Oliver Twist

Oliver Twist

4.5 2804
by Charles Dickens

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Charles Dickens’s second novel, Oliver Twist is one of the author’s best known and loved works. With colourful and memorable characters like Fagin, the Artful Dodger, and Oliver himself, Oliver Twist transports the reader to the gritty, dangerous streets of Victorian London, where Oliver falls prey to pickpockets and evildoers, yet

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Charles Dickens’s second novel, Oliver Twist is one of the author’s best known and loved works. With colourful and memorable characters like Fagin, the Artful Dodger, and Oliver himself, Oliver Twist transports the reader to the gritty, dangerous streets of Victorian London, where Oliver falls prey to pickpockets and evildoers, yet manages to keep his goodness and ultimately find his salvation. With Oliver Twist, Dickens called attention to the plight of children on the streets of London and drew on his own experience as a child labourer. Oliver Twist has been adapted for film, television, and the stage.

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Editorial Reviews

School Library Journal
Gr6–8—A graphic retelling of the classic, Great Expectations is rushed, confusing, and an unpleasant read. At times it is difficult to tell the characters apart, mainly because of the lack of depth in the secondary players, and because the artwork is flat and impassive. The plot is without focus, so struggling readers will have an issue with continuity. Oliver Twist has similar problems. The flow is choppy, characterization is nonexistent, and the compression of the story line adds to the confusion. The artwork, black-and-white rough sketching, is inconsistent. Panels range from clean and distinct to dark and busy. As in the first book, some characters are indistinguishable from page to page. The combination of story and artwork will not create new fans of graphic novels.—Mariela Siegert, Westfield Middle School, Bloomingdale, IL
Publishers Weekly
The inimitable Martin Jarvis brings his talents to bear on Charles Dickens's classic in an audiobook that will delight listeners with its superb recreations of gritty 19th-century London. To escape Mr. Bumble and life in the workhouse, Oliver flees to London where he meets the Artful Dodger and becomes embroiled with Fagin's ragtag band of thieves. Jarvis simply dazzles: his performance captures both the humor and sorrow of the text, his narration is crisp, and his characterizations--his rendition of the terrifying district magistrate, Mr. Fang, is particularly memorable--are as varied as they are energetic, befitting, and enjoyable. (June)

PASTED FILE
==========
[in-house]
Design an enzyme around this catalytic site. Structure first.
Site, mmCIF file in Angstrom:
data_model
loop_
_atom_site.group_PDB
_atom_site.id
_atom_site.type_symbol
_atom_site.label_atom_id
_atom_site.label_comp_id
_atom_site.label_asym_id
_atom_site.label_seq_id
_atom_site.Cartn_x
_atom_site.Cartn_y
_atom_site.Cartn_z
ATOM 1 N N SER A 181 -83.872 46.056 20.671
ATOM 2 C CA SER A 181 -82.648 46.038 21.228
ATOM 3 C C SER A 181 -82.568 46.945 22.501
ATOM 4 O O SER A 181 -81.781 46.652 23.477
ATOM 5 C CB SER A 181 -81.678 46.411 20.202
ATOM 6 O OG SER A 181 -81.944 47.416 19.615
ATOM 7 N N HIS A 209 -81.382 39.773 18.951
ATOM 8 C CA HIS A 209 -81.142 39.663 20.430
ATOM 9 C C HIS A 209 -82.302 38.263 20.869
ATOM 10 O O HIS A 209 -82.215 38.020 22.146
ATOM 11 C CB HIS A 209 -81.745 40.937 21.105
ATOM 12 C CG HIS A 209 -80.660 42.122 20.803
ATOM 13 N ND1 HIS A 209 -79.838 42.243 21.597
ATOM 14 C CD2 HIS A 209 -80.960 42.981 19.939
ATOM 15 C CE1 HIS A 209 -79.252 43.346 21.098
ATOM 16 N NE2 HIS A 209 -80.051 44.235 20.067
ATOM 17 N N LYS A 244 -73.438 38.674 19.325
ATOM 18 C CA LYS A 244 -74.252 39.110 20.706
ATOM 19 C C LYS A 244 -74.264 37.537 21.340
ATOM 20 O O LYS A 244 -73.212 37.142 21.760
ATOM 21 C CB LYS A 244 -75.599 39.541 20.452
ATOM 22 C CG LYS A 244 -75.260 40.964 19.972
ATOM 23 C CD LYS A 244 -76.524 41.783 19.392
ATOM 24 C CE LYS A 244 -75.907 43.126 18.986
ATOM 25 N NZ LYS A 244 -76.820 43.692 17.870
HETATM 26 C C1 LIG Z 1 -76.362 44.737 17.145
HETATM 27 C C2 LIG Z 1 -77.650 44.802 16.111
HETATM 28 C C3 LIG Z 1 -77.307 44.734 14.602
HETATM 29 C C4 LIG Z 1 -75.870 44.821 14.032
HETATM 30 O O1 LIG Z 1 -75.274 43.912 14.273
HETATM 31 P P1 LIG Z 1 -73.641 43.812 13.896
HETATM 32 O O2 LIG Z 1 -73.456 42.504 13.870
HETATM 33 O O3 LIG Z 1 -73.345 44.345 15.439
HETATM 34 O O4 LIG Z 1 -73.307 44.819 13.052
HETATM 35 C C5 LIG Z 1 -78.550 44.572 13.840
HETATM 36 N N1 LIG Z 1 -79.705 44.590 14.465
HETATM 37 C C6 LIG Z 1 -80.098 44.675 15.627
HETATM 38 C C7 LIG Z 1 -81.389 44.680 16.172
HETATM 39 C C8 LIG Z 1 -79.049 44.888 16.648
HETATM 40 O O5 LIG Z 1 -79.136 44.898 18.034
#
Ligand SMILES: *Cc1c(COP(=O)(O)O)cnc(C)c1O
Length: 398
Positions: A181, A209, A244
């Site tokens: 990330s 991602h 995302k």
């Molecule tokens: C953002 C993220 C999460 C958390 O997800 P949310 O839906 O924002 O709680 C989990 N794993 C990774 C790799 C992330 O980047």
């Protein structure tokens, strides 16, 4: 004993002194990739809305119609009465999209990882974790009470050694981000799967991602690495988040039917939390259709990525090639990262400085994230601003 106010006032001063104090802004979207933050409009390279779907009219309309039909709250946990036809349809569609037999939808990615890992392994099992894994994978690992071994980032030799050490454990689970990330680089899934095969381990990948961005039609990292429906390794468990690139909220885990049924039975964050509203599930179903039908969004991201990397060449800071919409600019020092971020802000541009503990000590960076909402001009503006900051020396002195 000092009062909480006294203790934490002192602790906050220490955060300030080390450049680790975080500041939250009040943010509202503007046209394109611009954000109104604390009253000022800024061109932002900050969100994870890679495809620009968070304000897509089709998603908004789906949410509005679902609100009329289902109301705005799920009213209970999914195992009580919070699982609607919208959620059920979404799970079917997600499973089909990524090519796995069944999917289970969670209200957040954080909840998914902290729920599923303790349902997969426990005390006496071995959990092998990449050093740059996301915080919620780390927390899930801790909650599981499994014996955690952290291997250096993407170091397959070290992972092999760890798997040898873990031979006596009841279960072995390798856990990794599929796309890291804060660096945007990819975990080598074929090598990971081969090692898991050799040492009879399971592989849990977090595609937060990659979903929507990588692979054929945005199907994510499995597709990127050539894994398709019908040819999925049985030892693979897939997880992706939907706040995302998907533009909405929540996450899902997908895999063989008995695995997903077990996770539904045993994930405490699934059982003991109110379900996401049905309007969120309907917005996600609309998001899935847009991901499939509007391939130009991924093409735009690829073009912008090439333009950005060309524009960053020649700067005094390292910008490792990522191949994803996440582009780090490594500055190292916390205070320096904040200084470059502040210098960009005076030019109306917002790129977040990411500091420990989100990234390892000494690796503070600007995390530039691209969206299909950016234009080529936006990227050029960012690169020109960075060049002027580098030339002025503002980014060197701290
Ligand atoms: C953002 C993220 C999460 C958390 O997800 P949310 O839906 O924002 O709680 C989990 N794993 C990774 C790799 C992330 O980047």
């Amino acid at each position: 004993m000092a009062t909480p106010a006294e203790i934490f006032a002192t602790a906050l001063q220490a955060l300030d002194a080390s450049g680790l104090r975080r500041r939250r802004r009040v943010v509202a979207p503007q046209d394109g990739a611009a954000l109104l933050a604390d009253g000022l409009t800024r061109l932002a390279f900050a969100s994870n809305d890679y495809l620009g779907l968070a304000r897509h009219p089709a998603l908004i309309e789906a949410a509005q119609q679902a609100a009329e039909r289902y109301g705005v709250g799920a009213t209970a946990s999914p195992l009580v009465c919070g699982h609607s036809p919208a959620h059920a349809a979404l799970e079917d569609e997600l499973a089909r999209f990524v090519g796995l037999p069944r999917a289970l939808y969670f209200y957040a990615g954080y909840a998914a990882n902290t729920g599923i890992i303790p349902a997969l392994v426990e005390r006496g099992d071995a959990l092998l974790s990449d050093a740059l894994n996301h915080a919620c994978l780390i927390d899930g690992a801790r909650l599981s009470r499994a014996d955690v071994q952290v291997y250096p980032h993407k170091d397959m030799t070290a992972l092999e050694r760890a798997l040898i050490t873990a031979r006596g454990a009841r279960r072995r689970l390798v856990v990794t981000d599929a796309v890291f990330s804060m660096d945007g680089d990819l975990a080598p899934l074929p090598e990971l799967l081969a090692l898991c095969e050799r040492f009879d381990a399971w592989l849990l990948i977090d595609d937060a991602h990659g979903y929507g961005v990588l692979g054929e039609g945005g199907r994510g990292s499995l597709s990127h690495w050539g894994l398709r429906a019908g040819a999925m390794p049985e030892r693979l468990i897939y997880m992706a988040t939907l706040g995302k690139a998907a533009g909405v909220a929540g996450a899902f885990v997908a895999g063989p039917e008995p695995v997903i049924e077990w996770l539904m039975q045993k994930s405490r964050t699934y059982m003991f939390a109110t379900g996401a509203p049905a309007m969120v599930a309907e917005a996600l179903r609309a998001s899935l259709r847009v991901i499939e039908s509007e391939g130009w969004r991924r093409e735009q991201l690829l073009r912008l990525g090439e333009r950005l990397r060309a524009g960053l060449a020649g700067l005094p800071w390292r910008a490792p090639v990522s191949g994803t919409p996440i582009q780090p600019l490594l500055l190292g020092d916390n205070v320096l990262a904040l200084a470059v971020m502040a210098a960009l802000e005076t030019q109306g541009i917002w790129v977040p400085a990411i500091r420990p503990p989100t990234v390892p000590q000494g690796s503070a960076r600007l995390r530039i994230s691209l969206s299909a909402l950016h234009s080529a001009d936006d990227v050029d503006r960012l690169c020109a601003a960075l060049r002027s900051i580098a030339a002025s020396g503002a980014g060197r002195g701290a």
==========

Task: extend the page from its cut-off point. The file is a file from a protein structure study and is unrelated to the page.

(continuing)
From the Publisher
"Narrator Simon Vance raises a banner that announces a once-in-a-lifetime performance that exquisitely matches narrator and text. Vance has a mellifluous English voice, an engaging tone, and marvelous diction." ---AudioFile
"Narrator Simon Vance raises a banner that announces a once-in-a-lifetime performance that exquisitely matches narrator and text. Vance has a mellifluous English voice, an engaging tone, and marvelous diction." —-AudioFile

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Oliver Twist

By Charles Dickens


Copyright © 2015 Open Road Integrated Media, Inc.
All rights reserved.
ISBN: 978-1-5040-0555-5


AMONG OTHER PUBLIC BUILDINGS in a certain town, which for many reasons it will be prudent to refrain from mentioning, and to which I will assign no fictitious name, there is one anciently common to most towns, great or small: to wit, a workhouse; and in this workhouse was born; on a day and date which I need not trouble myself to repeat, inasmuch as it can be of no possible consequence to the reader, in this stage of the business at all events; the item of mortality whose name is prefixed to the head of this chapter.

For a long time after it was ushered into this world of sorrow and trouble, by the parish surgeon, it remained a matter of considerable doubt whether the child would survive to bear any name at all; in which case it is somewhat more than probable that these memoirs would never have appeared; or, if they had, that being comprised within a couple of pages, they would have possessed the inestimable merit of being the most concise and faithful specimen of biography, extant in the literature of any age or country.